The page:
4 Christmas Markets in Europe You Don’t Want to Miss Next Year

November 18, 2020 3 min read

Traditional Christmas Market in Frankfurt, Germany

From Brussels to Rome, make it a point to stop at any of these historic markets that specialize in mulled drinks, handmade crafts, and other holiday wares.

Christmas in Europe is a wonderful time filled with elaborate pastries and the upholding of unique local traditions. Christmas markets in Europe traditionally begin on the Friday before Advent and end on December 24th, although some celebrate until Epiphany, which is January 6th.

 

 

Brussels, Belgium

Brussels Belgium Christmas MarketThe Christmas market in Brussels has been around since 2002. Despite its short time in existence, it pulls off its Plaisirs d’Hiver/Winter Pret (AKA “Pleasures of Winter”) with elegance and style. Check out a nightly light and sound show on the Grand Place as well as the market surrounding the Bourse (or Stock Exchange). There you can find 200+ wooden chalets that host worldwide artisans selling handmade crafts, Christmas treats, and souvenirs.  Stop at any of the many food stalls for pots filled with moules (mussels) as well as caricoles (winkles or welks). Don’t forget to get some fluffy Belgian waffles! Near the fish market, you can find a spinning, glistening 160-foot Ferris wheel and at the Place de la Monnaie, you can also find a massive ice skating rink.

 

 

London, England

Angel Christmas Lights, Regent Street, LondonRegent Street switches her Christmas lights on for a pedestrian parade in November, which is also when Christmas shopping begins. Christmas cheer in London typically spreads from the Norwegian spruce on Trafalgar Square down to the ice skating rink found at Somerset House. Head over to Hyde Park’s Winter Wonderland from mid-November through early January for a giant Ferris wheel, a toboggan slide, an outdoor skating rink, carolers and a traditional Christmas market. The Natural History Museum is also surrounded by more Christmas markets as well as the Greenwich Market. Walk up and down any streets in these areas and you are bound to sing along in your head with the chorus of carolers, spreading good tidings to you and yours.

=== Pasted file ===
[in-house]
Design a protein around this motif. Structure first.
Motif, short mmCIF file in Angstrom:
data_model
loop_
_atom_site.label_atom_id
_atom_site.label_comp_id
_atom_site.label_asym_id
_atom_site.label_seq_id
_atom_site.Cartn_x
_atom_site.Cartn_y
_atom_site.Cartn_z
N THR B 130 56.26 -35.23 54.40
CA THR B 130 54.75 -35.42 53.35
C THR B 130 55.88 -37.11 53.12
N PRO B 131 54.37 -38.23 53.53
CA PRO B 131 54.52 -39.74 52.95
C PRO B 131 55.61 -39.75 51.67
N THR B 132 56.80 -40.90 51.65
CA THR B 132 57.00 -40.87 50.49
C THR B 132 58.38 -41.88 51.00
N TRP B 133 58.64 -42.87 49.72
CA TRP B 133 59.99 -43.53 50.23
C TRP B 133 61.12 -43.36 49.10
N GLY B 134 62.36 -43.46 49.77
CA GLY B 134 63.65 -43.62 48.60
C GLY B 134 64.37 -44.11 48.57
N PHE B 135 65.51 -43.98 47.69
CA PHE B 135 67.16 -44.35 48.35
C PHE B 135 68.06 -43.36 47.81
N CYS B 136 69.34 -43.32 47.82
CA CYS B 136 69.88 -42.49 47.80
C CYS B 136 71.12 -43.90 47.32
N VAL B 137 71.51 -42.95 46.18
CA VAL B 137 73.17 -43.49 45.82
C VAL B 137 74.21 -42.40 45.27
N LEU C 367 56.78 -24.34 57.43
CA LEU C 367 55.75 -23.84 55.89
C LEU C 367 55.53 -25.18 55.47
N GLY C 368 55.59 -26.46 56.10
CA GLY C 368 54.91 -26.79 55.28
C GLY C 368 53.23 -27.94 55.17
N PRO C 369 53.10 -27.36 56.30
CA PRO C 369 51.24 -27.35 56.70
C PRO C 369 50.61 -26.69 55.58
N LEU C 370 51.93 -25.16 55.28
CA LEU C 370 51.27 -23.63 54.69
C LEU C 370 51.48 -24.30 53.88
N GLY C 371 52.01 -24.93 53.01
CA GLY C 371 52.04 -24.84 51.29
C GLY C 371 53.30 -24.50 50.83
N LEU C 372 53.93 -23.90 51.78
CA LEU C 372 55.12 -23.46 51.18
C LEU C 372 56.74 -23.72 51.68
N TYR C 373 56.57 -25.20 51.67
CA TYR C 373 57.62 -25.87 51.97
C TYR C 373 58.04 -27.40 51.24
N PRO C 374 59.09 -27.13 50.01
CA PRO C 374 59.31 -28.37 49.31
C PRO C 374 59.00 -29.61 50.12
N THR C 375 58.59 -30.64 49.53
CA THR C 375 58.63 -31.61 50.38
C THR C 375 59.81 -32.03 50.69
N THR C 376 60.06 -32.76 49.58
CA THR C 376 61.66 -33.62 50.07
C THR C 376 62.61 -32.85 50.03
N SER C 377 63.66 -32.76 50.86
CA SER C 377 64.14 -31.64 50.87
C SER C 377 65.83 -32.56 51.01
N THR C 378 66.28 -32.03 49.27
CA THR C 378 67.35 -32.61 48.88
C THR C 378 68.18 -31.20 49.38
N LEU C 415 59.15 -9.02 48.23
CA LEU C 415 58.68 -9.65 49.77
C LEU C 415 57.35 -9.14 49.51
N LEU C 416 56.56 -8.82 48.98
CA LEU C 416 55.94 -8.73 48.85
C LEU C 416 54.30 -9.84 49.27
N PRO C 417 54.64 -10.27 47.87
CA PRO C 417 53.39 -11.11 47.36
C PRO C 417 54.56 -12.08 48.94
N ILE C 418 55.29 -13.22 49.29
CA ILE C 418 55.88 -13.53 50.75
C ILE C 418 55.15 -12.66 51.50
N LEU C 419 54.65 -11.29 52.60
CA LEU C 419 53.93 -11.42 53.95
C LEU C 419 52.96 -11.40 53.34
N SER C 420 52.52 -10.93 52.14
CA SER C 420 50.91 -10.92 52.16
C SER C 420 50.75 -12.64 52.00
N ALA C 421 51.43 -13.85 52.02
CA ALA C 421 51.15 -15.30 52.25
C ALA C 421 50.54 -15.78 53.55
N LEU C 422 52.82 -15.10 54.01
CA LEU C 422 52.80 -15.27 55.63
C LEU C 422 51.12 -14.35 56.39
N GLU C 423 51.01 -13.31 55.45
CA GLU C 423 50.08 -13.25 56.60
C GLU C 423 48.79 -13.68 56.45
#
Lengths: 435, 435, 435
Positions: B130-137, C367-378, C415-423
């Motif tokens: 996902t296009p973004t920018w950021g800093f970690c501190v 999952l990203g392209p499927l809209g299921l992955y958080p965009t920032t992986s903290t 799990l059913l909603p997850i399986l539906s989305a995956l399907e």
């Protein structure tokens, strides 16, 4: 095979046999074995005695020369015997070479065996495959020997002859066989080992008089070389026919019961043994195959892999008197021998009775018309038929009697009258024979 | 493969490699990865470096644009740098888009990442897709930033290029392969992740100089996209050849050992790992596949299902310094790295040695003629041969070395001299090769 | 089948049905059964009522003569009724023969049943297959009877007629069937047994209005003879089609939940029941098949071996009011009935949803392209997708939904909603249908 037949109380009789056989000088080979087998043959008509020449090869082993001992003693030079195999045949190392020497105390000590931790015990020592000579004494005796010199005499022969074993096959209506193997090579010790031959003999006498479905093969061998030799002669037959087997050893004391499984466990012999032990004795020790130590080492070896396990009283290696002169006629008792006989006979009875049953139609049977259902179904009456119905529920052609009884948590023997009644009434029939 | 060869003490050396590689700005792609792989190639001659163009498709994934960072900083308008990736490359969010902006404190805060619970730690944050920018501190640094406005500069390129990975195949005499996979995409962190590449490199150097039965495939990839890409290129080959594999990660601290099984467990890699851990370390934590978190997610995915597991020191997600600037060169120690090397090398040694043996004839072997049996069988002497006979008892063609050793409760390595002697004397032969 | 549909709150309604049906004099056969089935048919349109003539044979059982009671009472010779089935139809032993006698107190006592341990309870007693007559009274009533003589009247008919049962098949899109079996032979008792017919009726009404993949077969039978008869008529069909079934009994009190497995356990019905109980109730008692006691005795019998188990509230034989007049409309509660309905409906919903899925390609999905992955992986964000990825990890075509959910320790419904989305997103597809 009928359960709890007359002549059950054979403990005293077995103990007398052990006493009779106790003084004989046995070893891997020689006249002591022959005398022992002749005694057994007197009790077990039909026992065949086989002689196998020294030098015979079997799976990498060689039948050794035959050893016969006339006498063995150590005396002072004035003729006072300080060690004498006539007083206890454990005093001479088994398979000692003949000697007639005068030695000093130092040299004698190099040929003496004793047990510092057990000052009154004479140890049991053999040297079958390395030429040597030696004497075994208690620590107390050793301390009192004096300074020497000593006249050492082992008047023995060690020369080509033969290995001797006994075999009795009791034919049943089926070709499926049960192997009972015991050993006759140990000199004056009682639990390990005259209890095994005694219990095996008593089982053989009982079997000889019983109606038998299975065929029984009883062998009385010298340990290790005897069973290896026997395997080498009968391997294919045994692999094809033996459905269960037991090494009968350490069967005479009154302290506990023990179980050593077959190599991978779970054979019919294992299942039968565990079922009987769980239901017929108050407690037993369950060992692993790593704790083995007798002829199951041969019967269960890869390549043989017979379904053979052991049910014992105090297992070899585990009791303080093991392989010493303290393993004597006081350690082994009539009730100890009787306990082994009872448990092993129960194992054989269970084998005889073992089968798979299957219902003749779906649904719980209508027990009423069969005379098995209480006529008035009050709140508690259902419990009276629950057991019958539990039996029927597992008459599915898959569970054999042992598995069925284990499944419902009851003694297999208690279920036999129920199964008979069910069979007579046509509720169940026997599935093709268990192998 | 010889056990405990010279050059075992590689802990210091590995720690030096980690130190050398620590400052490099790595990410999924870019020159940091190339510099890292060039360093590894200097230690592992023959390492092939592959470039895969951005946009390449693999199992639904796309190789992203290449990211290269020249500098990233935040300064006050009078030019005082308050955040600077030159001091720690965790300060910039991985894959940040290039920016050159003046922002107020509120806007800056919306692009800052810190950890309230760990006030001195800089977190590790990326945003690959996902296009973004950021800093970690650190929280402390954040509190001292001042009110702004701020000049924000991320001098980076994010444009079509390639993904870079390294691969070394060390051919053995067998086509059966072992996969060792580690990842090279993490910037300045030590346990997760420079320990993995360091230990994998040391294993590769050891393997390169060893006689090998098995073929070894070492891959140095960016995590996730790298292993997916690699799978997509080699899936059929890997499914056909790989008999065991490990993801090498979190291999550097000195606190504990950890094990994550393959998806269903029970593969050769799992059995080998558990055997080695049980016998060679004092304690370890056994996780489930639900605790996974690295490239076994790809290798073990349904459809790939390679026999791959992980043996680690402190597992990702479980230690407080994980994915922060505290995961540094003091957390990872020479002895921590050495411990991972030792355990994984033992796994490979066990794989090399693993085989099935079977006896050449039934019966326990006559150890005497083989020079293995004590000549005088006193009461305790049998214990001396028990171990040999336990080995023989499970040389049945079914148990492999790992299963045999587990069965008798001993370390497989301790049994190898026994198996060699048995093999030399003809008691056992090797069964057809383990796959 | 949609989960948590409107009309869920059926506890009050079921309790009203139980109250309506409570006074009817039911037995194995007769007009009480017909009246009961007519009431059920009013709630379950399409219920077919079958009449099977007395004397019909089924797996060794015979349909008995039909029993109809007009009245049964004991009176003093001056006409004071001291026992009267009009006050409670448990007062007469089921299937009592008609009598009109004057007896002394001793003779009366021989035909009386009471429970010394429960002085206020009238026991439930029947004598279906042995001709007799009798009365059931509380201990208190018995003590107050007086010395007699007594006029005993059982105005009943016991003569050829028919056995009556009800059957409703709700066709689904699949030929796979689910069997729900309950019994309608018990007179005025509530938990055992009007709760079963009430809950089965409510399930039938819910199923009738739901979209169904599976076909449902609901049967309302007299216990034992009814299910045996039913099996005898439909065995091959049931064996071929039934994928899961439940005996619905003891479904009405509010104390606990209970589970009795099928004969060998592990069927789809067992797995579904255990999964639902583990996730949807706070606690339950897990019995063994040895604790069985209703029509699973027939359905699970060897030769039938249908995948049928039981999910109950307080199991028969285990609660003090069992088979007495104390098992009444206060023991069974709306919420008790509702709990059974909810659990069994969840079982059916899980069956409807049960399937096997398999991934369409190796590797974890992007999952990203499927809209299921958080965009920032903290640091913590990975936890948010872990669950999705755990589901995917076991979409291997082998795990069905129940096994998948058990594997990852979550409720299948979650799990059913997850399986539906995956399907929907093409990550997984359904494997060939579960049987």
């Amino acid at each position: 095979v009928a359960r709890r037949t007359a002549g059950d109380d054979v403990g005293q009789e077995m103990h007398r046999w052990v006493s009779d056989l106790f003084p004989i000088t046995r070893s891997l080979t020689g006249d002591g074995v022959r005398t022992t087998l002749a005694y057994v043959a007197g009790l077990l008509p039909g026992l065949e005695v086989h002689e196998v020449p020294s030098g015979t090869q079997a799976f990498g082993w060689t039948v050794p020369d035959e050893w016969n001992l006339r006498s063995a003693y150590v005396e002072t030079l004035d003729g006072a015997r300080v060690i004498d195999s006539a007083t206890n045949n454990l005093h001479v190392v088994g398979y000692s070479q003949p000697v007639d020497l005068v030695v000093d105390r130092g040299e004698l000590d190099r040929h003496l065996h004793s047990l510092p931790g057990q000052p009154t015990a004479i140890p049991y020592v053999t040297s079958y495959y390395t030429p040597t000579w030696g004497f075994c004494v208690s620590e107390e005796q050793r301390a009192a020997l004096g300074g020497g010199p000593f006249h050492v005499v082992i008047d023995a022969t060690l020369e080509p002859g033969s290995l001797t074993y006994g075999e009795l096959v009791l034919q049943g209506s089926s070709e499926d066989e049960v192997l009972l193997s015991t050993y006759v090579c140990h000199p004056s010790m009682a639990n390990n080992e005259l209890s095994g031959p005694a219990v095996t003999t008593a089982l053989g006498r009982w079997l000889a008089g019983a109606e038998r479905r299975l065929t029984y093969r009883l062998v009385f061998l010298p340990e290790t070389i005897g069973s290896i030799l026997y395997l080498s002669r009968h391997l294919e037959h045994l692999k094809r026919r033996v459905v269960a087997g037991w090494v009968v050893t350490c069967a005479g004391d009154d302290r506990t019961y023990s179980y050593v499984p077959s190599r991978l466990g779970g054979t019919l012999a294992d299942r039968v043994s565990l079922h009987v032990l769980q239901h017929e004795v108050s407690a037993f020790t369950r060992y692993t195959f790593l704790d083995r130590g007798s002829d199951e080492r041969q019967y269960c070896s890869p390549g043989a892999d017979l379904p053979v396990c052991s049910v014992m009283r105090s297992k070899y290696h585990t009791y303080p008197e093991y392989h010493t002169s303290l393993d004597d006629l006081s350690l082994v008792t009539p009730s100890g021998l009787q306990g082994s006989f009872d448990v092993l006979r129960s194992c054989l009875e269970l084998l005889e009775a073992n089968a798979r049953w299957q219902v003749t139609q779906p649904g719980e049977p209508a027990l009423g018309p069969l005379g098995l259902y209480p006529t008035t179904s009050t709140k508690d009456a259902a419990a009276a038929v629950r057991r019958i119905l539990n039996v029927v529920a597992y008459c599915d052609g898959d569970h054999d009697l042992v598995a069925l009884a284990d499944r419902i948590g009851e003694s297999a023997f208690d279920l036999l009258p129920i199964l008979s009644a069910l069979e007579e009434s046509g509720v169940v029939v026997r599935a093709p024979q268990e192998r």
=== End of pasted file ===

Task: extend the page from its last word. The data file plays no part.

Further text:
Copenhagen, Denmark

Christmas, Tivoli Gardens, Copenhagen, DenmarkCopenhagen celebrates yuletide, or Jul, with its own Christmas crafts market and many Christmas trees decked in lights in the famous historic amusement park, Tivoli Gardens. Stretching along four miles, you can enjoy loads of lights that have been hung artfully along the way. Grab some glogg, a steaming hot mulled red wine, filled with almonds, raisins, cloves, and cinnamon sticks and then steeped in schnapps and aquavit. Along a canal in the historic Nyhavn district, you can find a crafts market, which you should aim to visit. When in the area, keep your eyes open for pixie-like nisser, which are tiny elves that are spread around Denmark during Christmastime, donned in red shirts, clogs and pointed red caps. They may bring presents if you leave bowls of porridge in the attic – but if you forget, they will deliver mischief instead.

 

 

Rome, Italy

Piazza Navona, Rome, Italy, Christmas Decorations
Spread across the city, Romans erect presepi (or Nativity scenes). They can be found on the Spanish Steps and before St. Peter’s as well as in church chapels and more. You can find an exquisite Christmas market in Rome on Piazza Navona where you will find handmade presepio figures, ciambelle (massive doughnuts), toys, carnival games and loads and loads of peanut brittle. Look for “La Befana,” the Christmas witch while in the city. She traditionally brings presents to Italian children on Epiphany in early January, offering more gifts after Santa’s visit on Christmas Day.

 

 

 

 

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